Better Well Done, Than Well Said

So, we have identified our goals. We have nice, neat, quantifiable, meaningful, goals that are going to change your life forever, right?

Maybe. But remember, planning isn’t enough, this requires action. I heard a great quote a couple weeks ago, and it has been bouncing in my head ever since. “Better well done, than well said.” It is not enough to write these things down on paper and never add the physical part to the plan. I can’t help you with that. I can’t come kick your ass out of bed on Saturday morning and make you train. I can’t come rip the cigarette out of your mouth or throw out your junk food for you. I can’t cook your meals or pass your exams.

I can’t. But YOU can.

I CAN however, give you a few tips that may help keep moving forward.

#1. Plan a schedule and develop a routine. Are you currently doing the things you know you need to do to be successful? How many times in the last week/month/year have you gotten of your butt and gotten some exercise? What makes you think this time will be different?

If you are like me, life is busy. Most hours of most days, I have commitments, whether it be work, family, friends. I actively block off time in my weekly schedule so that I know I will make the time to get my own training in. If it is something that is important to you, make sure you are allotting time to get it done. Don’t just hope and pray that you find the time and motivation to get it done. Also remember, an inconsistent training program is not going to yield the results you desire. Inconsistency is the plague of the fitness world.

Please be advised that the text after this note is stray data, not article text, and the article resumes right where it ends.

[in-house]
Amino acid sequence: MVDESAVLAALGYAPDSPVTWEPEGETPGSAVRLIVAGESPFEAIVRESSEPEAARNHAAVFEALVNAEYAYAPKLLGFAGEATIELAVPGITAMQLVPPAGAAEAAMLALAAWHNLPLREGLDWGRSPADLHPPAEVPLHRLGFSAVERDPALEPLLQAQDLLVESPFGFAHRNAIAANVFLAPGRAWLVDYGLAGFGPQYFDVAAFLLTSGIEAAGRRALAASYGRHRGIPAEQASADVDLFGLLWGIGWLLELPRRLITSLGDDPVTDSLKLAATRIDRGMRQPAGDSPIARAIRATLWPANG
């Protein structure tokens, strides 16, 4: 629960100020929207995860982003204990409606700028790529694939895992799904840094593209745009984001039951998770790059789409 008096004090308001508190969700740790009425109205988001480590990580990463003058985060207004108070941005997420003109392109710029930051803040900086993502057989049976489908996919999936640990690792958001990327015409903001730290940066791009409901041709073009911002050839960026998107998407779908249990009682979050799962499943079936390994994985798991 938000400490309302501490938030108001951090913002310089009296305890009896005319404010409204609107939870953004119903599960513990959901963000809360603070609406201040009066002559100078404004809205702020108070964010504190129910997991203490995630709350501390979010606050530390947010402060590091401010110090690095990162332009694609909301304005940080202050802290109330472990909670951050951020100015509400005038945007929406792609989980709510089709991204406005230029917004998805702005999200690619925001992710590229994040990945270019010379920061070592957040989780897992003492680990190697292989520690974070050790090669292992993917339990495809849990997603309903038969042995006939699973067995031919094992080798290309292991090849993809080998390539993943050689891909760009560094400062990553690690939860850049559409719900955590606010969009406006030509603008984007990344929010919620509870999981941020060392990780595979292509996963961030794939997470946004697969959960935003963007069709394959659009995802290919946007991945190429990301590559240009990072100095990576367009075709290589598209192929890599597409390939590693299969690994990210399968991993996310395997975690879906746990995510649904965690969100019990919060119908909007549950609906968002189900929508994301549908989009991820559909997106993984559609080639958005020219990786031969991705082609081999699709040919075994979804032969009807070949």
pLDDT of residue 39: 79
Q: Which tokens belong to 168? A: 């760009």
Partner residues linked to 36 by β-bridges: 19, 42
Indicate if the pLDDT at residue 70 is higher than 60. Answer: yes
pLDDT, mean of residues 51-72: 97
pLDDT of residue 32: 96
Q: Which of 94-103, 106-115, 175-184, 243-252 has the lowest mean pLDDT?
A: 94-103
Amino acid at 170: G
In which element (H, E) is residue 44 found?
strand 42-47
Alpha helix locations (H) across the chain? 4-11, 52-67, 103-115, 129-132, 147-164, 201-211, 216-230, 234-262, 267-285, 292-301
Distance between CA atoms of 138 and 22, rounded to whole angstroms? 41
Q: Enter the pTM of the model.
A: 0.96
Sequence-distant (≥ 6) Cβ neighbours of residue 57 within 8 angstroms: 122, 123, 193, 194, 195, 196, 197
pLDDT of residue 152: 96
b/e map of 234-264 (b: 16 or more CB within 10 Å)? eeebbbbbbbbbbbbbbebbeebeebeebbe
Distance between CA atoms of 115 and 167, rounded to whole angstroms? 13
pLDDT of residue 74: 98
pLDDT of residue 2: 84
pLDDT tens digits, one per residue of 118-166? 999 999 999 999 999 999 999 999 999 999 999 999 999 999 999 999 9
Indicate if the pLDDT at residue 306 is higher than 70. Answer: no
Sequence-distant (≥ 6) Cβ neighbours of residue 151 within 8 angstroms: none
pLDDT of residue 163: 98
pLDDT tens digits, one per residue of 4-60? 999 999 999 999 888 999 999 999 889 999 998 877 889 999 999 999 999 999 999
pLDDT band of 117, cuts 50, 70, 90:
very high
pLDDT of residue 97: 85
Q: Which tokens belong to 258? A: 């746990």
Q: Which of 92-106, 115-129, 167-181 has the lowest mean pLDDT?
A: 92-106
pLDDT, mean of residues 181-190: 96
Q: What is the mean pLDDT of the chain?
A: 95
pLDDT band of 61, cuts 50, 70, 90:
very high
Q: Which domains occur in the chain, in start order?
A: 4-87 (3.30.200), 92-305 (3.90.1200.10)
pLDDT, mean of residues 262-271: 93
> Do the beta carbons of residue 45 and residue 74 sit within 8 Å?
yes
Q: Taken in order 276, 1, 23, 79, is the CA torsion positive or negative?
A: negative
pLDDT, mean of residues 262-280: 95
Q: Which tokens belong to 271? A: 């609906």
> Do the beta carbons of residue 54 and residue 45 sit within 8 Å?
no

Also, plan and schedule your meals. In the same vain as above, you know what happens every day when you get home from work. You stuff your face with garbage because you are tired and don’t want to take the time to cook. So when you do have the time, do it in advance. That’s why they make Tupperware friend.

#2. Educate yourself. One of the reasons you may not be reaching your goals is, you have no idea what you are doing. You need to find a program that works for you and accommodates to your time, abilities, and interests. There are thousands of ways to get strong and fit. Find some new ones, try them out, and see what happens.

#3. Surround yourself with positive influences, and find people with similar goals and interests. Accomplishing your goals is not going to be easy. If it was, you would have already done it. The last thing you need is your group of fat friends guilt tripping you into beer and pizza. Meet some new people at the gym to train with, or join an outdoor exercise group in your area. Once you have people to train with, it will be more enjoyable, you will look forward to training more, and you will have people to hold you accountable.

#4. It’s okay to cheat. Nobody is perfect, and you only have so much will power. The important part is, if you do find yourself on one of those lazy weekends, keep it contained to the weekend. Sunday night, take a deep breath, and get yourself back on schedule.

Good luck. Keep us updated with how your training goals are coming. And remember, you don’t need to wait until 2016 to improve yourself.

No comments yet.

Leave a Reply